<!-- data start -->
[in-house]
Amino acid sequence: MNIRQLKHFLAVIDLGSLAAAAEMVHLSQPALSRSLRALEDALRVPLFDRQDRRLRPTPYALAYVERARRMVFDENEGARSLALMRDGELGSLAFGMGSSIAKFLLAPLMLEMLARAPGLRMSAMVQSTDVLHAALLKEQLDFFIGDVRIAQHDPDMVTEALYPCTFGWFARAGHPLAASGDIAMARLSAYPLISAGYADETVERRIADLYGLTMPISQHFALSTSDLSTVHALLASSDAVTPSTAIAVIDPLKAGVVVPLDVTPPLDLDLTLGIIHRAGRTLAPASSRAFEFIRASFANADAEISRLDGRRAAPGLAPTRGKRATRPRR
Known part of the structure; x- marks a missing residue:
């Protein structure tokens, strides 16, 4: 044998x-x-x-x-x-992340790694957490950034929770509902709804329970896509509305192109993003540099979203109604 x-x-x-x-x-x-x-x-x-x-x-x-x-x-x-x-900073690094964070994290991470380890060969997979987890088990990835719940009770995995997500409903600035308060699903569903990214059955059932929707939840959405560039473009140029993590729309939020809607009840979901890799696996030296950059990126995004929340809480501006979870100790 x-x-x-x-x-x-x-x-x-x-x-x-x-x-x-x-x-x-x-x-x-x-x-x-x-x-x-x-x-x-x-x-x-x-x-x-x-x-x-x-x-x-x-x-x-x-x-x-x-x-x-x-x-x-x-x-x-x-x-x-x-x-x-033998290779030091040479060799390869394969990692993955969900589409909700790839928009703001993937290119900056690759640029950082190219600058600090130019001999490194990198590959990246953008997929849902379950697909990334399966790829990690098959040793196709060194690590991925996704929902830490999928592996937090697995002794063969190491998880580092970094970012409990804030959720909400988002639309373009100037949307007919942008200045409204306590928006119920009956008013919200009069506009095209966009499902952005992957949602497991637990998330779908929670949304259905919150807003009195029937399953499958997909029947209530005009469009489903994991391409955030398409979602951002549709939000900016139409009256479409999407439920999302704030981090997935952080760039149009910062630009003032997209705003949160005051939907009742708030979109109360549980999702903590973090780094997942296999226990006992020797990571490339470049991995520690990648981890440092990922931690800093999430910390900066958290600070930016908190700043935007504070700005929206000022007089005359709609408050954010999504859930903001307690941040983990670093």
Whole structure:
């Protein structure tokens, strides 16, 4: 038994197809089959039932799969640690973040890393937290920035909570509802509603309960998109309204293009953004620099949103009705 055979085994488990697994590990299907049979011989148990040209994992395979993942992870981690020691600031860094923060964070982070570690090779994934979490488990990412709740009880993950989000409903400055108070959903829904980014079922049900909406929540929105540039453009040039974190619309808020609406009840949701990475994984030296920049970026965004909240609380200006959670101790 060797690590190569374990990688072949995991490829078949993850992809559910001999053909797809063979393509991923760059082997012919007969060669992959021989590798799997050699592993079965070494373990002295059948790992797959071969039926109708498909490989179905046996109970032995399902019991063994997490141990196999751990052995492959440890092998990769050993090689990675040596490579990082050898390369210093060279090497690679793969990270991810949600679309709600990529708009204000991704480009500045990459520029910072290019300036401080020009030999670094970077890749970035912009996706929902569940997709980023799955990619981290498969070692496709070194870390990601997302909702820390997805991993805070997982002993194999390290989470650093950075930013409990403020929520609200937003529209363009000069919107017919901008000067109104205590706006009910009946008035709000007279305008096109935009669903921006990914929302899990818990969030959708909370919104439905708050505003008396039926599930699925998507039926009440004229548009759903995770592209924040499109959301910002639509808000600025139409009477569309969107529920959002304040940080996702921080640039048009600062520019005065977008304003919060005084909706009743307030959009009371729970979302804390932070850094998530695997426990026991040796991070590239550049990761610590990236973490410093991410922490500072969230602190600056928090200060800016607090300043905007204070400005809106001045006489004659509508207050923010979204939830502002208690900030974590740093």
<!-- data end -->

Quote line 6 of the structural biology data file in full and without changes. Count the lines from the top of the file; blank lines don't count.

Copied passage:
């Protein structure tokens, strides 16, 4: 038994197809089959039932799969640690973040890393937290920035909570509802509603309960998109309204293009953004620099949103009705 055979085994488990697994590990299907049979011989148990040209994992395979993942992870981690020691600031860094923060964070982070570690090779994934979490488990990412709740009880993950989000409903400055108070959903829904980014079922049900909406929540929105540039453009040039974190619309808020609406009840949701990475994984030296920049970026965004909240609380200006959670101790 060797690590190569374990990688072949995991490829078949993850992809559910001999053909797809063979393509991923760059082997012919007969060669992959021989590798799997050699592993079965070494373990002295059948790992797959071969039926109708498909490989179905046996109970032995399902019991063994997490141990196999751990052995492959440890092998990769050993090689990675040596490579990082050898390369210093060279090497690679793969990270991810949600679309709600990529708009204000991704480009500045990459520029910072290019300036401080020009030999670094970077890749970035912009996706929902569940997709980023799955990619981290498969070692496709070194870390990601997302909702820390997805991993805070997982002993194999390290989470650093950075930013409990403020929520609200937003529209363009000069919107017919901008000067109104205590706006009910009946008035709000007279305008096109935009669903921006990914929302899990818990969030959708909370919104439905708050505003008396039926599930699925998507039926009440004229548009759903995770592209924040499109959301910002639509808000600025139409009477569309969107529920959002304040940080996702921080640039048009600062520019005065977008304003919060005084909706009743307030959009009371729970979302804390932070850094998530695997426990026991040796991070590239550049990761610590990236973490410093991410922490500072969230602190600056928090200060800016607090300043905007204070400005809106001045006489004659509508207050923010979204939830502002208690900030974590740093």